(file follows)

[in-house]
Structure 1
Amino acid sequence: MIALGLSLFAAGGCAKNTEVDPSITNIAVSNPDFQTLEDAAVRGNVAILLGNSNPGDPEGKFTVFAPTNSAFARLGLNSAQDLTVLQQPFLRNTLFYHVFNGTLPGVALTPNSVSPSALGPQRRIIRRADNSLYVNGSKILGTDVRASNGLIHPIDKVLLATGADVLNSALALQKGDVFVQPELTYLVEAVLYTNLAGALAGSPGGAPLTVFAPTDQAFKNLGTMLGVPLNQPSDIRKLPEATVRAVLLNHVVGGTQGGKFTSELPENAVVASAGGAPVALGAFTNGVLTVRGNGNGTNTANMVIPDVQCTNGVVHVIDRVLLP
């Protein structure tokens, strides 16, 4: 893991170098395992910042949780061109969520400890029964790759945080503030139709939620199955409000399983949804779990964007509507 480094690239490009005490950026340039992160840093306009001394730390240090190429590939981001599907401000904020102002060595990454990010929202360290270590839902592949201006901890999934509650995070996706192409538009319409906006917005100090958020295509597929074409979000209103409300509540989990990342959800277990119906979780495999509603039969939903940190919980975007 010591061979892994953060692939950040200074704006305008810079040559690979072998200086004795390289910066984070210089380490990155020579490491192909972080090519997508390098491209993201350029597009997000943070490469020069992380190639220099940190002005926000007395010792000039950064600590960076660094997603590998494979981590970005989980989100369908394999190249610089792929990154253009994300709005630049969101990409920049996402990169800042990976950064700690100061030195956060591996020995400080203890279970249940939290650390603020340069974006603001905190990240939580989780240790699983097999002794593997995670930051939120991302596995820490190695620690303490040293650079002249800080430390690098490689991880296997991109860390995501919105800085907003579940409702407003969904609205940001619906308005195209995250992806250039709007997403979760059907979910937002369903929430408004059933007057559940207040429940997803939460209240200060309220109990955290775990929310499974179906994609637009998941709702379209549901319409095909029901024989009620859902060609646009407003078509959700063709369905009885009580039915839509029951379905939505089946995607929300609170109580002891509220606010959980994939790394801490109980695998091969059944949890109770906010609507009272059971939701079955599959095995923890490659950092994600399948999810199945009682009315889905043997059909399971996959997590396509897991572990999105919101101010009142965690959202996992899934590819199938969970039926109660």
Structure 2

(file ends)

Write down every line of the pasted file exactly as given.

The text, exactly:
[in-house]
Structure 1
Amino acid sequence: MIALGLSLFAAGGCAKNTEVDPSITNIAVSNPDFQTLEDAAVRGNVAILLGNSNPGDPEGKFTVFAPTNSAFARLGLNSAQDLTVLQQPFLRNTLFYHVFNGTLPGVALTPNSVSPSALGPQRRIIRRADNSLYVNGSKILGTDVRASNGLIHPIDKVLLATGADVLNSALALQKGDVFVQPELTYLVEAVLYTNLAGALAGSPGGAPLTVFAPTDQAFKNLGTMLGVPLNQPSDIRKLPEATVRAVLLNHVVGGTQGGKFTSELPENAVVASAGGAPVALGAFTNGVLTVRGNGNGTNTANMVIPDVQCTNGVVHVIDRVLLP
């Protein structure tokens, strides 16, 4: 893991170098395992910042949780061109969520400890029964790759945080503030139709939620199955409000399983949804779990964007509507 480094690239490009005490950026340039992160840093306009001394730390240090190429590939981001599907401000904020102002060595990454990010929202360290270590839902592949201006901890999934509650995070996706192409538009319409906006917005100090958020295509597929074409979000209103409300509540989990990342959800277990119906979780495999509603039969939903940190919980975007 010591061979892994953060692939950040200074704006305008810079040559690979072998200086004795390289910066984070210089380490990155020579490491192909972080090519997508390098491209993201350029597009997000943070490469020069992380190639220099940190002005926000007395010792000039950064600590960076660094997603590998494979981590970005989980989100369908394999190249610089792929990154253009994300709005630049969101990409920049996402990169800042990976950064700690100061030195956060591996020995400080203890279970249940939290650390603020340069974006603001905190990240939580989780240790699983097999002794593997995670930051939120991302596995820490190695620690303490040293650079002249800080430390690098490689991880296997991109860390995501919105800085907003579940409702407003969904609205940001619906308005195209995250992806250039709007997403979760059907979910937002369903929430408004059933007057559940207040429940997803939460209240200060309220109990955290775990929310499974179906994609637009998941709702379209549901319409095909029901024989009620859902060609646009407003078509959700063709369905009885009580039915839509029951379905939505089946995607929300609170109580002891509220606010959980994939790394801490109980695998091969059944949890109770906010609507009272059971939701079955599959095995923890490659950092994600399948999810199945009682009315889905043997059909399971996959997590396509897991572990999105919101101010009142965690959202996992899934590819199938969970039926109660």
Structure 2